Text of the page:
Facebook was misleading users about in-app billing, practice dubbed "friendly fraud"

Facebook was misleading users about in-app billing, practice dubbed "friendly fraud"

Facebook just can't catch a bre...

Sorry, let's try that again: we just keep finding out more and more of the sketchy stuff the social media giant has been up to over the last few years.

According to CBS, Facebook was intentionally misleading users playing games on its platform. Per court documents from a case back in 2012, the social media firm wasn't informing players when they were being charged within a game.

Said lawsuit was brought by one Glynnis Bohannah - before it turned into a class action - whose son racked up a bill of almost $1,000 playing Ninja Saga on Facebook.

She had used her credit card to pay an initial $19.95 for her son to access the game, with Facebook keeping the payment details. When Bohannah watched her child playing, she saw that there was no indication that a transaction was occurring.

"I said, 'show me what you are doing,' so there was a little stack of coins and it would get low and it would blink at him and he would hit it and it would go brrrring and the coins would shoot up again," Bohannan said.

"No symbol of my visa card, no symbol $19.95 with the dollar symbol. Nothing! Just like he had told me."

In true social media giant fashion, Facebook reportedly dubbed this practice, um, "friendly fraud", and was widely practised. This was when a younger audience used an application on a guardian's account, presumably with credit card information attached.

The case was settled in 2016.

In a statement, the company said: "We routinely examine our own practices, and in 2016 agreed to update our terms and provide dedicated resources for refund requests related to purchases made by minors on Facebook."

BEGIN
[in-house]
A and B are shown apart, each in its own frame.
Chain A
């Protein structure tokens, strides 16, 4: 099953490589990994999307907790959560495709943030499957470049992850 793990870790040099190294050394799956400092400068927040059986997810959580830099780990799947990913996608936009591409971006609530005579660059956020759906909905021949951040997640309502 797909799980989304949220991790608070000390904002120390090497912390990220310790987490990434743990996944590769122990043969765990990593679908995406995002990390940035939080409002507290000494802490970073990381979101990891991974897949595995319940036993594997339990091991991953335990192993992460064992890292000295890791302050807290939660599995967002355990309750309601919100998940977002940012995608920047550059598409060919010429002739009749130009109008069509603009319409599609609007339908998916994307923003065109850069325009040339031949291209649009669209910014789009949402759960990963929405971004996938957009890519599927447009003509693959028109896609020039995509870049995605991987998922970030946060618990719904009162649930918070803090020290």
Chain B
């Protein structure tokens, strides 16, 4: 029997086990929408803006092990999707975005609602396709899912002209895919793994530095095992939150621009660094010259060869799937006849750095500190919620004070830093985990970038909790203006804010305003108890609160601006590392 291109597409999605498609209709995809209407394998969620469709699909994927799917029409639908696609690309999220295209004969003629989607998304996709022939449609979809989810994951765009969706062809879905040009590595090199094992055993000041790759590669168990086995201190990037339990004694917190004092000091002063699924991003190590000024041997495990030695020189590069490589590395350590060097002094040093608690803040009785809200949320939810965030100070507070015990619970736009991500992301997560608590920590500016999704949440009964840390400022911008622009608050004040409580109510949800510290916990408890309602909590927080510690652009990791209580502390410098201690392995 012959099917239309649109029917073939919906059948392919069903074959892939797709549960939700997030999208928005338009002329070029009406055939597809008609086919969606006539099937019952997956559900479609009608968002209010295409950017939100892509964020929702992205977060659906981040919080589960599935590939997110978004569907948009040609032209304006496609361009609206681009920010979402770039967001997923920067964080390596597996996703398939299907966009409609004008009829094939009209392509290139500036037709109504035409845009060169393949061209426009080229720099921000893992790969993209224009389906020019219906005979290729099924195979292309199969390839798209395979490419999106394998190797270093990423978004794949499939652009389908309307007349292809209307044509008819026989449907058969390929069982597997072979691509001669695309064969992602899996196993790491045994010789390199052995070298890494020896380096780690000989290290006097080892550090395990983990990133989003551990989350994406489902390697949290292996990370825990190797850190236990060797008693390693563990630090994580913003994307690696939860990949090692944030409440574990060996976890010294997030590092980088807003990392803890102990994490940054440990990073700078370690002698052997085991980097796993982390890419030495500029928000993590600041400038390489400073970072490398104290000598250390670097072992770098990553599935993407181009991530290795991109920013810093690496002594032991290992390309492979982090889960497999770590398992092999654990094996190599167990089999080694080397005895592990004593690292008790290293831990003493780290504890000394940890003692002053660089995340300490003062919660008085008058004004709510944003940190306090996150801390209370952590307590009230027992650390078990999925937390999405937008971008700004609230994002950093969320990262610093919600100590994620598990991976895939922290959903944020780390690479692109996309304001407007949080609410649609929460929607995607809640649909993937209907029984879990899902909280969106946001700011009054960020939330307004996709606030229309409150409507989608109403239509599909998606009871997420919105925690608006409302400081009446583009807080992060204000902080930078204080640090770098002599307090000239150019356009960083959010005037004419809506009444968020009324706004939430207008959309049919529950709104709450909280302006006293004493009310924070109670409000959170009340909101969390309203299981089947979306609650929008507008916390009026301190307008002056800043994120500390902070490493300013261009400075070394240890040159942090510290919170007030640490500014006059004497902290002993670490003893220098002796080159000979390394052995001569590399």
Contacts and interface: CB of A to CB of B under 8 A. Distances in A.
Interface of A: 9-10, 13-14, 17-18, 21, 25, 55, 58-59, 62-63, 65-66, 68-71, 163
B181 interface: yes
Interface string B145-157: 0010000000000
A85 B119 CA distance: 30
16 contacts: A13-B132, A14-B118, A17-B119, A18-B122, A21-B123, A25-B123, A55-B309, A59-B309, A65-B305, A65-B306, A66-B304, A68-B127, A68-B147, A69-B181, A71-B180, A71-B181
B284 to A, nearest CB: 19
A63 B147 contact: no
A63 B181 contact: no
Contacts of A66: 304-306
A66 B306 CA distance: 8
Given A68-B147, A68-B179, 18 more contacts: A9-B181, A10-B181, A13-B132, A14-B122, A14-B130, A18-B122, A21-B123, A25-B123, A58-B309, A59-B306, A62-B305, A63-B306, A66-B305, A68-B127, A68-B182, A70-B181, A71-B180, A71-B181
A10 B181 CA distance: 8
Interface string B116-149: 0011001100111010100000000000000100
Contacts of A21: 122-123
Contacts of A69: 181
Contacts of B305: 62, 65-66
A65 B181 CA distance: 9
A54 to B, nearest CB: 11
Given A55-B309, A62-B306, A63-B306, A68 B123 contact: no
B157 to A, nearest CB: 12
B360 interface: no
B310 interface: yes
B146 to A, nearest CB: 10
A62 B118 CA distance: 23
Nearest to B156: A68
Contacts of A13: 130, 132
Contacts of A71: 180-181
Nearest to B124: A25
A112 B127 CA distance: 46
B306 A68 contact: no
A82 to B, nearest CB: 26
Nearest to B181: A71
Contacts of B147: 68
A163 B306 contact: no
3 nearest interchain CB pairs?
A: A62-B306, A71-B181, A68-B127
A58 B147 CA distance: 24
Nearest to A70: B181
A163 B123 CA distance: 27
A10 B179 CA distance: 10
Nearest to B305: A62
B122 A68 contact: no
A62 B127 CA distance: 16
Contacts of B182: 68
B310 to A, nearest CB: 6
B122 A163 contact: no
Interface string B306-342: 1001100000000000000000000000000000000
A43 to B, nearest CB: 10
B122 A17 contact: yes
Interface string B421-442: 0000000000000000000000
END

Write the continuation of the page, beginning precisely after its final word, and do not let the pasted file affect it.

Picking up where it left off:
All of this, of course, comes in the wake of the Cambridge Analytica scandal, as well as numerous instances of Facebook lying or misleading its customers. So, truth be told, we're honestly not surprised by this.

In fact, while we're at it, here are some predicted Facebook-related headlines for the coming year:

"Facebook announces new blackmail business model: $100 per month so the social media giant doesn't publish users' innermost secrets!"

"Facebook admits to beaming advertising directly into users' brains, Zuckerberg says he is sorry (he got caught, again)"

PCGamesInsider Contributing Editor

Alex Calvin is a freelance journalist who writes about the business of games. He started out at UK trade paper MCV in 2013 and left as deputy editor over three years later. In June 2017, he joined Steel Media as the editor for new site In October 2019 he left this full-time position at the company but still contributes to the site on a daily basis. He has also written for, VGC, Games London, The Observer/Guardian and Esquire UK.